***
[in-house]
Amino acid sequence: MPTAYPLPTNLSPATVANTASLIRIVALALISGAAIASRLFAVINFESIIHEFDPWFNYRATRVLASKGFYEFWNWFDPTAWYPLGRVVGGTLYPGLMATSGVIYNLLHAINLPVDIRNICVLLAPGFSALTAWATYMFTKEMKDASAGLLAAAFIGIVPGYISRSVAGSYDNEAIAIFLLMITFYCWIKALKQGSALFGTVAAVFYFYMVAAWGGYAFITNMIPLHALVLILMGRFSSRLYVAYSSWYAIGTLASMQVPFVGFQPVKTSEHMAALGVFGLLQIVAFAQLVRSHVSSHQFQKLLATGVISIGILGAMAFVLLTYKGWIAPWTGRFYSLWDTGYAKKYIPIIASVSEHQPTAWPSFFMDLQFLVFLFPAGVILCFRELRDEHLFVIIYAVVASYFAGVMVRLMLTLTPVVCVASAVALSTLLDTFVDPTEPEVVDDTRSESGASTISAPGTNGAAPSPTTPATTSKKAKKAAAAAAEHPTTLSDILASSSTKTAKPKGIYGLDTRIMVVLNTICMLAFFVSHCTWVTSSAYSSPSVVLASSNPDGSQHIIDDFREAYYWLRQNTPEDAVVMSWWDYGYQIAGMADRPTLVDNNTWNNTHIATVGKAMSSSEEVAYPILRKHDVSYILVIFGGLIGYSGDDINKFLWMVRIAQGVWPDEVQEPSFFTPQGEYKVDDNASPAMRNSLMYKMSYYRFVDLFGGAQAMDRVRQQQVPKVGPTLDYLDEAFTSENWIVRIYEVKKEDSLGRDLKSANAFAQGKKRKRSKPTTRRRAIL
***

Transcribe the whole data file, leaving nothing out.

[in-house]
Amino acid sequence: MPTAYPLPTNLSPATVANTASLIRIVALALISGAAIASRLFAVINFESIIHEFDPWFNYRATRVLASKGFYEFWNWFDPTAWYPLGRVVGGTLYPGLMATSGVIYNLLHAINLPVDIRNICVLLAPGFSALTAWATYMFTKEMKDASAGLLAAAFIGIVPGYISRSVAGSYDNEAIAIFLLMITFYCWIKALKQGSALFGTVAAVFYFYMVAAWGGYAFITNMIPLHALVLILMGRFSSRLYVAYSSWYAIGTLASMQVPFVGFQPVKTSEHMAALGVFGLLQIVAFAQLVRSHVSSHQFQKLLATGVISIGILGAMAFVLLTYKGWIAPWTGRFYSLWDTGYAKKYIPIIASVSEHQPTAWPSFFMDLQFLVFLFPAGVILCFRELRDEHLFVIIYAVVASYFAGVMVRLMLTLTPVVCVASAVALSTLLDTFVDPTEPEVVDDTRSESGASTISAPGTNGAAPSPTTPATTSKKAKKAAAAAAEHPTTLSDILASSSTKTAKPKGIYGLDTRIMVVLNTICMLAFFVSHCTWVTSSAYSSPSVVLASSNPDGSQHIIDDFREAYYWLRQNTPEDAVVMSWWDYGYQIAGMADRPTLVDNNTWNNTHIATVGKAMSSSEEVAYPILRKHDVSYILVIFGGLIGYSGDDINKFLWMVRIAQGVWPDEVQEPSFFTPQGEYKVDDNASPAMRNSLMYKMSYYRFVDLFGGAQAMDRVRQQQVPKVGPTLDYLDEAFTSENWIVRIYEVKKEDSLGRDLKSANAFAQGKKRKRSKPTTRRRAIL